Methods and Materials


Mutant proUK (M5) from E coli was prepared by PxTherapeutics (Grenoble, France). Single-chain tissue plasminogen activator (tPA) (CathFlo) was obtained from Genentech (South San Francisco, CA). Fibrinogen was human, Kabi Grade L (Chromogenix, Milan, Italy). Aprotinin and fluorescein isothiocyanate were from Sigma Chemicals, St. Louis, MO. Thrombin (ThromboMax, 100 NIH U per ml) was obtained from Sigma (St Louis, MO). C1-inhibitor was clinical grade from CSL Behring, Marburg, Germany. Human outdated bank plasma, pooled from four donors, was used.


Explanation of Methodology.

Studies of fibrinolysis by proUK cannot use the automated clotting/lysis assay which has become standard for other activators. When this is used with proUK, thrombin inactivates some of the proUK at the outset, and whatever proUK remains will then be converted quickly to UK during the lytic phase by plasmin. As a result, the standard assay measures the fibrinolytic activity of the remaining UK, a non-specific activator, but not that of proUK. Therefore, a 24 h old preformed clot was used in a plasma milieu. A plasma milieu is essential, not only to approximate in vivo lysis, but because in the absence of inhibitors, the intrinsic activity of proUK/M5 activates plasminogen and plasmin then converts proUK/M5 to UK/tcM5.

In previous studies of fibrinolysis with proUK using this clot lysis model, the results obtained correlated well with those later found in clinical studies. For example, conversion of proUK to UK above a certain concentration in plasma was seen during clot lysis in vitro and in the clinical trials; synergy was identified first in this model in vitro and then found in vivo; and even the plasma concentration of proUK required for effective clot lysis in this model (1.5 μg/ml) and that used clinically (2–3 μg/ml steady state concentration) were similar. Since proUK is a very species-specific activator, the in vitro results in human plasma often correlated better with clinical findings than those from animal models.

Clot Lysis Experiments.

Clots were made up from 0.2 ml pooled blood bank plasma by recalcification (35 mM) with the addition of a trace of thromboplastin and a tracer of fluoresceinated fibrinogen [27]. The clots were first incubated at 37°C for 1 hour and then overnight at room temperature. The following day, the clots were placed into 2 ml of pooled bank plasma and the activators added as specified. Clot lysis was monitored by taking 50 μl samples at time points for reading of fluorescence, representing fibrin degradation products released from the clots.

The lysis curves were plotted as percent lysis over time. The 100% point was obtained from the mean of the highest readings at complete lysis. The base line reading was obtained at onset, since the plasma shows fluorescence (~15% of the full signal) which was subtracted to obtain the zero point. The time to 50% lysis under each of the experimental conditions was determined from the lysis graphs and was used as the principal endpoint.

Each clot lysis experiment was done in triplicate. Graph Pad Prism was used for preparing graphs and for statistical analysis (means and Standard Deviation).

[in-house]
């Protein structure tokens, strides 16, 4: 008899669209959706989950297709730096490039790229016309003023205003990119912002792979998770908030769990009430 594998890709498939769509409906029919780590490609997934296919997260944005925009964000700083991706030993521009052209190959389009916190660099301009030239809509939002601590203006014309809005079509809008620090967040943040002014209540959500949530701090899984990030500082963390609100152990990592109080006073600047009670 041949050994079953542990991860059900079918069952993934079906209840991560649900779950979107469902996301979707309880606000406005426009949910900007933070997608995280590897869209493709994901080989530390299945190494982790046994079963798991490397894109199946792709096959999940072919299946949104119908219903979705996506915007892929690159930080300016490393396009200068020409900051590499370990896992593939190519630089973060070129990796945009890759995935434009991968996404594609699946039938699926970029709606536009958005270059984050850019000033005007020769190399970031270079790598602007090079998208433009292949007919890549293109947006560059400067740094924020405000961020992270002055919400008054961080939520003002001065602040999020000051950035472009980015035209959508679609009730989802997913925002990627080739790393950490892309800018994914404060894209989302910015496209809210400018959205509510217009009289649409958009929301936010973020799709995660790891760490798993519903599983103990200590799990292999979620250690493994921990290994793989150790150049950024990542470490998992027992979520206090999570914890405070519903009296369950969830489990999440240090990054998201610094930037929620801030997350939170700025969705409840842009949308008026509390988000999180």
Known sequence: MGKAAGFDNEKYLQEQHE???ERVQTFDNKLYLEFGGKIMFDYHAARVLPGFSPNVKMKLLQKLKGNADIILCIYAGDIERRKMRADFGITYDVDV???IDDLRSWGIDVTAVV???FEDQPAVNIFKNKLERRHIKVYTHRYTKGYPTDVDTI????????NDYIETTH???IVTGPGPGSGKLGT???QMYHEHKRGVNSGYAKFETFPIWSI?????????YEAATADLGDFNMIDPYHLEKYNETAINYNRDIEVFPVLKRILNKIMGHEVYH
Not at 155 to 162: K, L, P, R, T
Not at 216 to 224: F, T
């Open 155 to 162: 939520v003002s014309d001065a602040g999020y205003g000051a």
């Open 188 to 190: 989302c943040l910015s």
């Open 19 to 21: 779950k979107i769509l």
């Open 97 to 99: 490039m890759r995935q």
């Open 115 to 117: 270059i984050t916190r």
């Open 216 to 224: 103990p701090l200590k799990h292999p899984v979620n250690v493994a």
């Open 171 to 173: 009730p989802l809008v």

Fibrinogen determination.

After clot lysis had gone to completion, a final plasma sample (1.0 ml) was obtained for determination of fibrinogen. Further proteolysis was prevented by the addition of aprotinin (200 KIU/ml) to the sample. The results were recorded as percent of the baseline (BL) fibrinogen obtained from a plasma sample before addition of the activators.

Fibrinogen was measured as thrombin-clottable protein. After dilution of the plasma sample with 1 vol. phosphate-buffered saline, thrombin (200 μl of 1,000 NIH units/ml) was added, mixed gently, and incubated for 1 hour at 37°C, and then overnight at room temp. The following morning, each clot was wound onto a thin, long stemmed plastic transfer pipette tip to which the gel adhered, and the serum content was expressed by pressure against the test tube wall and then against a paper towel. The white-appearing fibrin on the pipette stem was then placed in >5ml saline for >1h to allow diffusion of any remaining serum proteins. Then the fibrin was peeled off the tip and placed into 1 ml of 5% NaOH, boiled for 1 min, and then kept at room temp until all fibrin had gone into solution. The protein in the solution was measured spectrophotometrically at 280 nm.

Experimental Plan and Conditions.

The shortest time to lysis obtainable by the activators alone and the fibrinogen that remained at the end of lysis were first determined. This was done by incremental increases of dosing of the activators until no further shortening of the lysis time occurred. This lysis time served as the benchmark against which various combinations of tPA and M5 were compared, in order to select the combination which induced a comparable effect. Once a combination was selected, the contributions to lysis of the components separately were determined from the results. Evaluation of the effect of C1-inhibitor on fibrinolysis and fibrinogenolysis was also determined.

a) Determination of the shortest time to lysis and fibrinogenolysis for tPA and M5 alone: The shortest time was defined as that at which no further dose-dependent shortening of the lysis time could be induced. The corresponding dose was called the maximum dose. The time to 50% clot lysis was determined from the lysis curves for tPA and M5.

b) The effect of C1-inhibitor on fibrinogenolysis: C1-inhibitor (750 μg/ml) was added to the plasma prior to clot lysis by M5 at the three highest doses. In studies with the low-dose combination, the C1-inhibitor was added 30 minutes after the activators, since previous studies showed that C1-inhibitor inhibits tPA-mediated fibrinolysis [28].